“The district has a really vested interest in changing the demographics of their teachers, while also making sure they have enough teachers,” Varner said. “Here they have a whole pool of people who, representationally, look much more like the students that CCSD serves, and do not look like the teaching force. But they’re not licensed. So this program is saying: let’s change that.”
And Threats immediately bought in.
“We’re going to fill open positions at our own schools,” she said.
Two decades ago, Threats began her college career as an education major. Teaching, “a labor of love” as she fondly calls it, was always something she wanted to do, but then life happened.
Shortly after she began her studies, she developed severe vision problems which led to legal blindness.
“At the beginning, I tried to keep up with my studies, but then I completely stopped going,” she said.
A few years later, she received cornea transplants and started the journey of rebuilding her life. She worked at daycares and taught Sunday school at her church, and in 2014, joined CCSD as support staff.
“We are right beside our teachers all day, every day,” Threats said. “We help with lesson planning, small groups, data collection, testing, making sure students are hitting their developmental milestones. We’re doing the job but without the teacher benefits.”
The PPP kicked off in summer 2021 with its first cohort, and the second class of students began their coursework this spring.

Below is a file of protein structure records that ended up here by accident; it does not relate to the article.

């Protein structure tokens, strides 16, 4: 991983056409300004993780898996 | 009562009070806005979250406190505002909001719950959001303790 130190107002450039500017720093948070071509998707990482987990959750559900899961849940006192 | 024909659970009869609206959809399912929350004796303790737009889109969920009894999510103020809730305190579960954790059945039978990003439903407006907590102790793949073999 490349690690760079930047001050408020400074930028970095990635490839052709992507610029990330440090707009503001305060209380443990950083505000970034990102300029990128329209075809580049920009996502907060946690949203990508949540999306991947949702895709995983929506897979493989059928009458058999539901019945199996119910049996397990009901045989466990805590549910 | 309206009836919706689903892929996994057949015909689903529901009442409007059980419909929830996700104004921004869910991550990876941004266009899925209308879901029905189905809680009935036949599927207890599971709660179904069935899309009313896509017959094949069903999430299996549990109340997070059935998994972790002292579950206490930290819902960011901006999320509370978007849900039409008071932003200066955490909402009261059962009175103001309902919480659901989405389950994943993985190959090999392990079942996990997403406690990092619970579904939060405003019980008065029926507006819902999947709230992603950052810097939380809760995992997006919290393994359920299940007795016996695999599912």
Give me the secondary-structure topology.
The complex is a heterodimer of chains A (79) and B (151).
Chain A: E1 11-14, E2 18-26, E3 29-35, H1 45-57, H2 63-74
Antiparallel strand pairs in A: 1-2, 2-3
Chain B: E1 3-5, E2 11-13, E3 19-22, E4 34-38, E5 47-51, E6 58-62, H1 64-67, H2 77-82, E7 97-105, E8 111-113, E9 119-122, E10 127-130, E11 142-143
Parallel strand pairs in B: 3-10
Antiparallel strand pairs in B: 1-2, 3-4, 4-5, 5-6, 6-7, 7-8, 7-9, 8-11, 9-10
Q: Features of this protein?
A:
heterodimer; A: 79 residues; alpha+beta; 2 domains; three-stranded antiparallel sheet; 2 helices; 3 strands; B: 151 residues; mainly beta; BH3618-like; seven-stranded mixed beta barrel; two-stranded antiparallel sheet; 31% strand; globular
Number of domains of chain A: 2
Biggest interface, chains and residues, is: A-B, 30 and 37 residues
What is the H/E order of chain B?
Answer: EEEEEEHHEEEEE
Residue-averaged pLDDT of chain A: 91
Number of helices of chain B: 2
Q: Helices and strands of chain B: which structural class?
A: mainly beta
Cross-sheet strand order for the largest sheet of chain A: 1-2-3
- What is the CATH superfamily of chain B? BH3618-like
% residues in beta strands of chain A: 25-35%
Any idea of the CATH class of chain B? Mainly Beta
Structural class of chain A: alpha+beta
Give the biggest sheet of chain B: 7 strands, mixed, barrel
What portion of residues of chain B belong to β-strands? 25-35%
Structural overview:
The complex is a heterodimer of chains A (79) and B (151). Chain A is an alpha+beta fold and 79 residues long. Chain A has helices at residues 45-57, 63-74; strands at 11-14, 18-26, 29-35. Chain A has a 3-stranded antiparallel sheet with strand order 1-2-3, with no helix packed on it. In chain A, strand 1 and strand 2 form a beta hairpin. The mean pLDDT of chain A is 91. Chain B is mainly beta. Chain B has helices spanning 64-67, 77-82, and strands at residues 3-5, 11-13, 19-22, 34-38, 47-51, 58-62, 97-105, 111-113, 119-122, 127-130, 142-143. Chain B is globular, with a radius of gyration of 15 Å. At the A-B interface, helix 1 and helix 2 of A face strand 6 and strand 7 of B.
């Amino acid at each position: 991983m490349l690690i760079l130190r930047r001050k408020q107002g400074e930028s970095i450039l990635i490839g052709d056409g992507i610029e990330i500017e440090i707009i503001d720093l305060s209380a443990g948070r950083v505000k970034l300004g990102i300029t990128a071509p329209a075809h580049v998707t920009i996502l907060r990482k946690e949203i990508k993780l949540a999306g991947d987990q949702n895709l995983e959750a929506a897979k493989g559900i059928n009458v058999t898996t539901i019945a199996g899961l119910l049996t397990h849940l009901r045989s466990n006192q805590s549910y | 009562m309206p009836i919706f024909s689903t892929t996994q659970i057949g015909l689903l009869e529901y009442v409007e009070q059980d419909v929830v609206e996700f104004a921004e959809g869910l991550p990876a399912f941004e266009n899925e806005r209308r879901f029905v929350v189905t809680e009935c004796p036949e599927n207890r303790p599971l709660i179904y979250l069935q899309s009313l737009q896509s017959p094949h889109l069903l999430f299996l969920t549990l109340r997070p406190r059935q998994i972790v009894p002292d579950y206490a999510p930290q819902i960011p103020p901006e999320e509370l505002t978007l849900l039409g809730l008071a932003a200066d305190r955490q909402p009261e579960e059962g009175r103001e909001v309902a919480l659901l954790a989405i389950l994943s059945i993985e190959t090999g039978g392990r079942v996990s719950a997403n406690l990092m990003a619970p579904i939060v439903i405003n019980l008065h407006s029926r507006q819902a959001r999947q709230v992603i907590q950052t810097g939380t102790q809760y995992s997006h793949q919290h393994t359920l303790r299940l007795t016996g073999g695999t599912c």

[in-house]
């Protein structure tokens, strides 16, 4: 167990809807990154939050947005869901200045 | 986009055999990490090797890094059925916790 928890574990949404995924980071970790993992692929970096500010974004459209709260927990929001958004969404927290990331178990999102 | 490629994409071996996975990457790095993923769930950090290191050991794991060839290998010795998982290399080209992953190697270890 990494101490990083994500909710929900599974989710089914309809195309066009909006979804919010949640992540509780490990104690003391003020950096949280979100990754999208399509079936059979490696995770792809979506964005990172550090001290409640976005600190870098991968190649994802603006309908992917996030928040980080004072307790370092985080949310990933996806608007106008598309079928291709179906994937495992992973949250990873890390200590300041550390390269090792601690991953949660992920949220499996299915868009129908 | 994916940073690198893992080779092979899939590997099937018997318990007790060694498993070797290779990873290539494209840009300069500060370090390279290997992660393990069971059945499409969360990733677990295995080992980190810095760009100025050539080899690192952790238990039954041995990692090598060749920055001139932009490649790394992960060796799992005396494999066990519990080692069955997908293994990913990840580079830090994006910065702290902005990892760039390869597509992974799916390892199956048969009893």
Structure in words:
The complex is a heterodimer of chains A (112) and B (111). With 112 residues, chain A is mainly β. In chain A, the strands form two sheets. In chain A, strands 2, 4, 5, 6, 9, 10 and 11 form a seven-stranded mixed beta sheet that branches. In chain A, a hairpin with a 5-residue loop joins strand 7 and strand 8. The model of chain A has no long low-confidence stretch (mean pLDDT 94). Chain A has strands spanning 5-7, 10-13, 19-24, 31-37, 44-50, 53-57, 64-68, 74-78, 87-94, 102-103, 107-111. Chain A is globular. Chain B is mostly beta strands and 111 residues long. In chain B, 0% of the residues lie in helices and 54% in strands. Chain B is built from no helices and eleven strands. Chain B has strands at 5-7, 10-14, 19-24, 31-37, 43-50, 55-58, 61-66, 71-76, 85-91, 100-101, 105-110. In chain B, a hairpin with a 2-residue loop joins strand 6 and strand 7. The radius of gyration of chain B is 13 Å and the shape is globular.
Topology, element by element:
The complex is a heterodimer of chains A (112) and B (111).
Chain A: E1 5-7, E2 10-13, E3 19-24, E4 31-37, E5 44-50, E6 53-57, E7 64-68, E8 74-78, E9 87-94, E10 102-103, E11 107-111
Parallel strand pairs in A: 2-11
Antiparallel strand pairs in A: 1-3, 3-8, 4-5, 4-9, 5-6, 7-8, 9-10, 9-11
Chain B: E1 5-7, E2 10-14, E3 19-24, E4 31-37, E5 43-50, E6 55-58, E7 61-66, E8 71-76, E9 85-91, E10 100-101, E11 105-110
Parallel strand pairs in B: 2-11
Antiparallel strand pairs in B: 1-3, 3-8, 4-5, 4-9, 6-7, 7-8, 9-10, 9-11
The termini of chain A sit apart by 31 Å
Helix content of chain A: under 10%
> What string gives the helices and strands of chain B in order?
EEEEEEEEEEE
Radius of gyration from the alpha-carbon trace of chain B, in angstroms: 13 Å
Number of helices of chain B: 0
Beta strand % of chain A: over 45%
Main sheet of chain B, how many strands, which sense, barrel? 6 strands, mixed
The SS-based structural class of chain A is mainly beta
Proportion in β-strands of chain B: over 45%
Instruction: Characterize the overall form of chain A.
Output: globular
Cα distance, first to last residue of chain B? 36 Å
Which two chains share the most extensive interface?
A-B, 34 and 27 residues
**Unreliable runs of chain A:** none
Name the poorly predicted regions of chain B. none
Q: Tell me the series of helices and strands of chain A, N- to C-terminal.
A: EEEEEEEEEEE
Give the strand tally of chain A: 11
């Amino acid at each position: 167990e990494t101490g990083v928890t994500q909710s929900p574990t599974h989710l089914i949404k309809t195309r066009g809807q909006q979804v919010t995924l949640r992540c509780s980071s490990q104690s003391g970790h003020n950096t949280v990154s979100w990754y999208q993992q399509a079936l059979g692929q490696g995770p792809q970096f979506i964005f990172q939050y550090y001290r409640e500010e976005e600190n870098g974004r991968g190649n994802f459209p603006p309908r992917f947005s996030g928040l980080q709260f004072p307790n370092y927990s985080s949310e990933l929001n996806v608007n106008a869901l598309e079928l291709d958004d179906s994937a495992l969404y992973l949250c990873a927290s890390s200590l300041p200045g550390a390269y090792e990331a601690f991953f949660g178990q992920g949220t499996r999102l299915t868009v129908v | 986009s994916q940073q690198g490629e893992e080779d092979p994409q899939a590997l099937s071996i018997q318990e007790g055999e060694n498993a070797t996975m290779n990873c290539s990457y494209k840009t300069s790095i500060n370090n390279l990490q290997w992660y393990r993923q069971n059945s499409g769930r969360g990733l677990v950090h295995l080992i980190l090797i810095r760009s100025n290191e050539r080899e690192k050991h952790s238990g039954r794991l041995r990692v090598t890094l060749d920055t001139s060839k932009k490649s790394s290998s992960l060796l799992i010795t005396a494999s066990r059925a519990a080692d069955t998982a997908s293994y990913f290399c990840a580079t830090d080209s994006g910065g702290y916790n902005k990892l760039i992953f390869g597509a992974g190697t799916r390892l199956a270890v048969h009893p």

To date, participants include those who are working in some capacity in the classroom, like Threats, who is an instructional aide in a pre-K special education classroom at Earl N. Jenkins Elementary School in Las Vegas, or like Romero, a coordinator for the Jobs for Nevada’s Graduates program, where she teaches employability skills to high school students.
UNLV is working hand-in-hand with CCSD to ensure that PPP participants finish the necessary hours of student teaching during their work day — in addition to taking a rigorous combination of in-person, hybrid and online classes at UNLV. Officials hope to expand the program soon to support staff who don’t work directly in the classroom every day, like librarians and school bus drivers.
“We’re looking at viable, sustainable models of educator preparation that is a statewide collective effort,” Varner said. “That’s the long-term goal with PPP and our other programming.”
If Threats has anything to say about it, she thinks the program will make real inroads because it’s “getting the people that have a heart for this.”
“Even with the challenges, financial and otherwise, that we face every day, we still return,” she said. “I get at least one hug every day when I come to work. What a beautiful thing. A lot of people can’t say that.”
She plans to stay at Jenkins Elementary once she finishes the program and graduates from UNLV this summer. But by the time the new school year rolls around in August, she'll be at the head of the classroom.
“I’m really looking forward to the first day of school - the first day of me being a teacher.”